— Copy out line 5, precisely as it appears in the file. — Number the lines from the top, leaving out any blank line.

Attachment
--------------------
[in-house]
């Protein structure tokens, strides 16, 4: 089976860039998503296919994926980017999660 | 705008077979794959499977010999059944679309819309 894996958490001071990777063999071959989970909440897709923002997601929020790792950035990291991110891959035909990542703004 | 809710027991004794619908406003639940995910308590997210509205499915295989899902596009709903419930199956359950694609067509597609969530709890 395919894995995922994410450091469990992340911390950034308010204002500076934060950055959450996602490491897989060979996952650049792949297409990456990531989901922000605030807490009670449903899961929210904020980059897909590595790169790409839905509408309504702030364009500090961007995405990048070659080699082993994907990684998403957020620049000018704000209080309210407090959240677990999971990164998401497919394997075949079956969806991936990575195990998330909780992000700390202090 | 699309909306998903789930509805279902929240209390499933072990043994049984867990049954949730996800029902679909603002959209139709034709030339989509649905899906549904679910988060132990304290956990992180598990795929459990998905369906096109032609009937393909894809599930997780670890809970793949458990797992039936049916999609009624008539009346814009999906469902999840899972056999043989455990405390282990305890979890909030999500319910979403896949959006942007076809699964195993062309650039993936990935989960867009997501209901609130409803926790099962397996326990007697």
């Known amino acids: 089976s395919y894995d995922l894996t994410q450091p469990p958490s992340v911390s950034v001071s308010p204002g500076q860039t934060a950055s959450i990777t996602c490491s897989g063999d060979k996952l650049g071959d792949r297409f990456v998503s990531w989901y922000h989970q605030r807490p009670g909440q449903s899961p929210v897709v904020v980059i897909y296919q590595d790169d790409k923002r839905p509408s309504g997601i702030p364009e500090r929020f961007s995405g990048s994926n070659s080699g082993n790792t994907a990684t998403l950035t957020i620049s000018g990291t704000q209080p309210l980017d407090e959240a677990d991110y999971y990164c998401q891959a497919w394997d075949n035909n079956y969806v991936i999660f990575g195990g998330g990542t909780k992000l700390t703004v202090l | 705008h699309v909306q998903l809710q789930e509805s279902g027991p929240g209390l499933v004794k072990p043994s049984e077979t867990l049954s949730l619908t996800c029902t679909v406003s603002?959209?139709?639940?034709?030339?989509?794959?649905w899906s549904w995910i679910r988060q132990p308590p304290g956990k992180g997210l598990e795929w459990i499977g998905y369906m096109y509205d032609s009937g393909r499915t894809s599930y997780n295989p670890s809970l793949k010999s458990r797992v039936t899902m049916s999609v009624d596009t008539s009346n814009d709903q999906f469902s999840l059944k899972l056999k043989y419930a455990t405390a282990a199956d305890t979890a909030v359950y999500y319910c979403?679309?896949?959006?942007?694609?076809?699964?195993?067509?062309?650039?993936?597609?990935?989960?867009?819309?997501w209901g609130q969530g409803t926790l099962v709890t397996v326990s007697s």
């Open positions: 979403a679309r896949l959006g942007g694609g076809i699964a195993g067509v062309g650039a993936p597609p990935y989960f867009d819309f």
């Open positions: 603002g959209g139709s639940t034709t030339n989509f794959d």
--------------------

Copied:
């Open positions: 603002g959209g139709s639940t034709t030339n989509f794959d």